[This isn't so much an assumption of the model as it is an assertion and, besides that, we return once again to that "perception versus observation" issue. Seeing is believing, but it's not always the case that we know what it is that we are seeing.]

2) Likewise, it must be assumed that the Earth rotates West to East ccw (counterclockwise) on an "axis" every 24 hours at an equatorial speed of c. 1040 MPH in spite of there being no hard evidence for this motion whatsoever.

[I'm not sure what you mean by "hard evidence" but, really, the success of the space program, the existence of artificial satellites, and Foucault's Pendulum seem like pretty good indications to me.]

3) It must be assumed that the Earth is also orbiting the Sun annually (ccw) at an average speed of c. 67,000 MPH.

[This is not so much assumed as calculated but that's not the point. Wait, that is the point!]

4) It must be assumed that the Earth’s axial alleged tilt of 23.5 degrees--in combination with its assumed annual orbit around the sun--is the only available scientific explanation for the seasons.

[No, that isn't assumed at all. What is observed is that the sun's output doesn't vary sufficiently with the seasons to account for the differing weather. The changes in the angle of the sun, however, are sufficient and are perfectly in accordance with a round, rotating earth that possesses the stated axial tilt. By the way, you should have written "alleged axial tilt" not "axial alleged tilt." I have no goddamn idea what an "axial alleged tilt" would be.]

5) The Earth’s atmosphere must be assumed to be just an airy, fixed extension of the alleged rotating Earth. It is assumed and must be assumed that this atmosphere must have the remarkable ability to synchronize speeds of objects in it at all altitudes--birds, clouds, jets, low orbit satellites, alleged geo-synchronous satellites over 22,000 miles out--and to be unaffected by alleged Earth movements of speeds ranging from 1000 MPH to 67,000 MPH to 500,000 MPH to 660,000,000 MPH. This assumption is mandatory once the rotating Earth assumption is made and can not be ignored in the helio model of the eclipse phenomena.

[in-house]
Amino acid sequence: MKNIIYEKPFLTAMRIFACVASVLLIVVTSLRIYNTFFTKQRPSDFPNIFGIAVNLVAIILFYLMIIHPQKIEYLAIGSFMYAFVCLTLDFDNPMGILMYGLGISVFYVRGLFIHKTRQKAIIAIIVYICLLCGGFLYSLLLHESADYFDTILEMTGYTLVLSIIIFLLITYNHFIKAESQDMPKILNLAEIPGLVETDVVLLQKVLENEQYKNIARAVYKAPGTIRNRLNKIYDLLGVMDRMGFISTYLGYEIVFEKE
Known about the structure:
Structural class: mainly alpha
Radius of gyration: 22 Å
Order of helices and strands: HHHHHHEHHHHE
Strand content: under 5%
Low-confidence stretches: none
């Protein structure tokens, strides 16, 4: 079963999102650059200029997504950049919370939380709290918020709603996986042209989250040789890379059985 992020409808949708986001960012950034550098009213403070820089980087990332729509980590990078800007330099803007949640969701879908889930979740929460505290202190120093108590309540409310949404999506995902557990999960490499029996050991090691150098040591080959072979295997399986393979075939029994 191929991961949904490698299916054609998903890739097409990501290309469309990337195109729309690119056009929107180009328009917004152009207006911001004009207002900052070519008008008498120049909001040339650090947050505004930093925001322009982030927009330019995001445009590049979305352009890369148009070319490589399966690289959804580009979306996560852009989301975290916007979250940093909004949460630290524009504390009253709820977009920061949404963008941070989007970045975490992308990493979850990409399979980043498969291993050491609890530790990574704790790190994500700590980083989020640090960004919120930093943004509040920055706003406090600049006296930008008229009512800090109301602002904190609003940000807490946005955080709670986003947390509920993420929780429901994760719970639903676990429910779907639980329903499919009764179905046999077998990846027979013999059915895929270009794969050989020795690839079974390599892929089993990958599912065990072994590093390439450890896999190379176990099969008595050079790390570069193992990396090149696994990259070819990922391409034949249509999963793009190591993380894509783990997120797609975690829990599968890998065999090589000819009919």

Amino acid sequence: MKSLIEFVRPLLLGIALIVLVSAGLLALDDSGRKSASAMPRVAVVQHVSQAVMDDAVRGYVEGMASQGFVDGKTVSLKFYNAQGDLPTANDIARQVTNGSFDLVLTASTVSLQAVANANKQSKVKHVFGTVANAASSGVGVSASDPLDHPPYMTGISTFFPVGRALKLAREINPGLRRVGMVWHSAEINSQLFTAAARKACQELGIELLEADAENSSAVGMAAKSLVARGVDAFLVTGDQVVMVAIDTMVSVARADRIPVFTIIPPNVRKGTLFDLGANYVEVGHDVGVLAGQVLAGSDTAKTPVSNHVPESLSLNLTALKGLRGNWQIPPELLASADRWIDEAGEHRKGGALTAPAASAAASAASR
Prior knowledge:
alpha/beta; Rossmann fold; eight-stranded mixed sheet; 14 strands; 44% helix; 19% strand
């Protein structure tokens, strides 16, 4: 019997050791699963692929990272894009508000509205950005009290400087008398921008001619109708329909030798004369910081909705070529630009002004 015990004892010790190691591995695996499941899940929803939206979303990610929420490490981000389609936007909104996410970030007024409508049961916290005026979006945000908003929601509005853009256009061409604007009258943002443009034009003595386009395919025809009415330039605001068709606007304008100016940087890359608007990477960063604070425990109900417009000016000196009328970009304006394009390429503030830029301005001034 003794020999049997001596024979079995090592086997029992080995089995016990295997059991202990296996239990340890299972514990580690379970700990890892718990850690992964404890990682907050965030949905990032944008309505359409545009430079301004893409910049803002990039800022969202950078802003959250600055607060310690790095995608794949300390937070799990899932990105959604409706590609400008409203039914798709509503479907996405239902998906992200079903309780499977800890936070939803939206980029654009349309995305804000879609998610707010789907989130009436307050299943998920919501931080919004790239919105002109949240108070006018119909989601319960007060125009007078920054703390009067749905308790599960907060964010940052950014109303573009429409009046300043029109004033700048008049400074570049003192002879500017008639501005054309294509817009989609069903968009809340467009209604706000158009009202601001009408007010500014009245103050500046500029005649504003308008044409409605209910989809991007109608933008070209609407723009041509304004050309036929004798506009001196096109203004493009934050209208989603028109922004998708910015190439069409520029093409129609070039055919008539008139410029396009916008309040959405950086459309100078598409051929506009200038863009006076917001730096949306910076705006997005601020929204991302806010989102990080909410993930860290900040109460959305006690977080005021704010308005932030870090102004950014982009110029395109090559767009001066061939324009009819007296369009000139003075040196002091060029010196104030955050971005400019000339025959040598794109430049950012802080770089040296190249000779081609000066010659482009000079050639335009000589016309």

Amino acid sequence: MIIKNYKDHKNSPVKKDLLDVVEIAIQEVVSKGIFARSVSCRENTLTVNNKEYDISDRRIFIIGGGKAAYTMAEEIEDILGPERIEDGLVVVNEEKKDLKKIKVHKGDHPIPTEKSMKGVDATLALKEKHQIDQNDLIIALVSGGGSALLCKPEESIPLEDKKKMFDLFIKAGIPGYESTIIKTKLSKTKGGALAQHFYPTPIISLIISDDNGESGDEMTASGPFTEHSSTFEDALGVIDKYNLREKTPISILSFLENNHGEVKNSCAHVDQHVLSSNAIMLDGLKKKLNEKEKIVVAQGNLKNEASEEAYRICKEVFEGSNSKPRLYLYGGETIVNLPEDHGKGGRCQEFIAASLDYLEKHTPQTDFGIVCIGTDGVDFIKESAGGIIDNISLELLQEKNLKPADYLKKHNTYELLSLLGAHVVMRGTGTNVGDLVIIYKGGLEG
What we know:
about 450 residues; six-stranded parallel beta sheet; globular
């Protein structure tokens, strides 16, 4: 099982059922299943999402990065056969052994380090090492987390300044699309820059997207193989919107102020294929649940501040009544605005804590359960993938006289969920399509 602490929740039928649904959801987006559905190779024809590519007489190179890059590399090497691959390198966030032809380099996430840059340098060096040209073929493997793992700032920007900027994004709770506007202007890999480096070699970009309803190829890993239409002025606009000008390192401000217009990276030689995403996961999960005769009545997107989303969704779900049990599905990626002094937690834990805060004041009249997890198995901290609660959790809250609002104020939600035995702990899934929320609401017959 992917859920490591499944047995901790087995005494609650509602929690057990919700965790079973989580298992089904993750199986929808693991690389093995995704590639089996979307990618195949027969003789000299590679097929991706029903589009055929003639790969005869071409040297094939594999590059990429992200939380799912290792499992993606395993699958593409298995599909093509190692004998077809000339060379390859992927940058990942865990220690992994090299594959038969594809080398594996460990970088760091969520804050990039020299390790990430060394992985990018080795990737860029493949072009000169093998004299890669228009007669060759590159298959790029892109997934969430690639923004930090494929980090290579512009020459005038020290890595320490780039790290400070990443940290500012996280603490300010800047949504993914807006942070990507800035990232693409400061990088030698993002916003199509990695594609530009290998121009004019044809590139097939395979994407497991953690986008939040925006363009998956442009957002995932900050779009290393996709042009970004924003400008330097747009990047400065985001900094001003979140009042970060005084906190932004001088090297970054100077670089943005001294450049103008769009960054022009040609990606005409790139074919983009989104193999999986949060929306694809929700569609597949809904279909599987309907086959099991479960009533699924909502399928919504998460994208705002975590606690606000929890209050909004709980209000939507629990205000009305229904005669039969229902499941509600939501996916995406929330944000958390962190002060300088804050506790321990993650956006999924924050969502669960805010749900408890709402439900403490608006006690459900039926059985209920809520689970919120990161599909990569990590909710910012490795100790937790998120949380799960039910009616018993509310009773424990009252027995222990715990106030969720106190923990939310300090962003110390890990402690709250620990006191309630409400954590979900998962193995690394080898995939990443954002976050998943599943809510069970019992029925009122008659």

[Whuh? What the hell are you talking about? The atmosphere doesn't synchronize objects' speeds at all. It's simply that everything on earth also has rotational velocity and, when you leave the surface, that velocity doesn't just go away. This is basic physics. Likewise, the current model doesn't include an atmosphere shell that extends all the way up to satellites- they're orbiting beyond the majority of the atmosphere, which is why they stay up so damned long in the first place. If you're going to make a bizarre argument, at least make it against real physics and not some freaky strawman physics from bizarro world!]

6) A particularly fantastic assumption necessary to accommodating the precise Solar Eclipse Phenomena in the Helio Model involves the bold reversal of the Moon’s observed direction of travel. Acceptance of this occult slight of hand from the Arcane Math Department of Mystic U. has no basis in reality, of course. Rather, it must be coupled with prior acceptance of the other assumptions of a rotating Earth orbiting a stationary Sun. No moon reversal means no accurate eclipse forecasts and no accurate eclipse forecasts means no heliocentricity model.